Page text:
[This is a re-send of my mail of Thu Jan 13 which seems not to
have come through for some weird reason]
Hi Frank !,
nice to meet you again, by the way !
On Thu, 13 Jan 2000, Frank Prengel wrote:
> 1. It is well known (I think :) that in many circumstances
> *pessimism* is a better tool for success
I disagree, I maintain that (rational) optimism (which is different from
naivete') is *always* a better tool for success. Disprove it.
> - especially when it comes to
> scientific research where *criticizing*
> hypotheses is highly necessary.
I agree that criticizing hypotheses *is* highly necessary in science (as well
as in other areas of life, I think), but that doesn't say that for example
criticizing hypotheses is the *most important* goal or thing.
> (That's what science is
> about: make hypotheses and try to disprove them.)
No, I think that the goal which people try to achieve in science through this
process (of making hypotheses and trying to disprove them) is not to falsify
or disprove hypotheses, but a more positive goal, namely: to find new useful
hypotheses that work !
> Actually, I feel that LIVING D.O. is more advanced than just
> THINKING optimistically. You can do the latter and still
> fail to put it into practice, but hardly vice versa.
Whatever. It is just an arbitrary epithet labelling either thinking or living
as ''higher''. I'm not sanguine about which of the two (living or thinking)
should be labelled as ''higher'' than the other. Probably the two are when
you look closely rather entangled and inseparable, anyway ? What exactly *is*
''thinking'', after all ?
It might even be true that before a human starts 'thinking' about things, he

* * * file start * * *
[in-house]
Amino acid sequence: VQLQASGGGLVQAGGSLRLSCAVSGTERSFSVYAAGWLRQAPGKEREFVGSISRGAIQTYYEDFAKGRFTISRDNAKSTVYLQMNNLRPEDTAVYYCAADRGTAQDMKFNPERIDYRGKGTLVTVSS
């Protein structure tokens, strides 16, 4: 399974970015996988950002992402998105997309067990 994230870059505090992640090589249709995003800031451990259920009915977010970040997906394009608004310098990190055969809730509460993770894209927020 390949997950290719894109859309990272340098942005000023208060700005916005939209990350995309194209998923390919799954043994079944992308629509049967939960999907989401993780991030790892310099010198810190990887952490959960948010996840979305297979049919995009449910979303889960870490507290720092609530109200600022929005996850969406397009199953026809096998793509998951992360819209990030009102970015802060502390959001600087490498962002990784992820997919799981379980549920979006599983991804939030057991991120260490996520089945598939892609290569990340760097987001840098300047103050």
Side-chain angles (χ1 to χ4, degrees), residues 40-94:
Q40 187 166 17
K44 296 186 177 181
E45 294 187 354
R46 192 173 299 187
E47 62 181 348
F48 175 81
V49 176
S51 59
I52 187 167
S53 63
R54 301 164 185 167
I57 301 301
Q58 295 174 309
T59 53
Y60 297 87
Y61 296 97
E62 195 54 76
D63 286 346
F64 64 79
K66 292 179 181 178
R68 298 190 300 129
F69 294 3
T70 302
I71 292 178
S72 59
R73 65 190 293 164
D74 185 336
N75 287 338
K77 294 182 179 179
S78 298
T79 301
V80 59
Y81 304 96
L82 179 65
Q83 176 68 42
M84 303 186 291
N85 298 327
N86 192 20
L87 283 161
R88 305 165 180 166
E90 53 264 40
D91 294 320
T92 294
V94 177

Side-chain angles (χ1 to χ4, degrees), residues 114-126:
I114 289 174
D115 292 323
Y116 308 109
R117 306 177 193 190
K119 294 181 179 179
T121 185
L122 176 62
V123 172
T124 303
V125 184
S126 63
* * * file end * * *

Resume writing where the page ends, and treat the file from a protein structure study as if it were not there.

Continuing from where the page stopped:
has first to have dumbly tried out things (without too much of thinking
first), or have seen things happen ? In that way, ''acting optimistically''
could maybe come before (and be possible somewhat independently of) ''thinking
optimistically''. *Some* people who hardly ever seem to think in their lives
(and who never heard of philosophy) do, I think, exhibit a marvellously D.O.
kind of living -- they just go do things without thinking too much about
possible bad outcomes. That kind of D.O. living / D.O. action is possible
without thinking deeply.
> No, that's justificationalism. Science is about (see above)
> criticizing ideas.
> Point (2) should be: "Do not believe anything that has been falsified."
I think that's an unnecessarily pessimistic view :-)<grin>:-). I think that a
''proof'' *can* be constructive. I mean, I think that a proof can
legitimately consist of showing that something *can* be done -- instead of
always showing only that something is 'falsified'. I even think that it is
not very well possible to advance into new areas without this kind of
Only *dis*proving things (finding out how a theory could be false)
does, I think, not generate enough ''trust'' in a theory to go build on
top of it or advance from it (using the theory as a secure base) in other
Is a failure to find something that disproves a theory A enough support
to start believing in theory A ? I think not. I think that before stepping
on to the ice and trusting in the theory that the ice is thick enough to
support you, one primarily wants positive proof. Seeing no one on the ice and
seeing neither people sinking through it nor people standing on the ice
without sinking through it does not convince *me* that the ice is thick enough
to unhesitatingly jump on to the ice. I first would want to do some simple
tests, e.g. throwing some heavy stones on it or sitting on the shore and
pounding it with my foot. Only after I see a positive proof that makes it
probable that the ice is in fact thick enough, do I want to jump onto it
without further hesitation.
I think we *need* this kind of ''justificationalism'', that we cannot do
In what way do *you* get to new positive theories with using as your tools
only disproving things; and *without* ever using positive, supportive proof ?
Best greetings, Menno (email@example.com)
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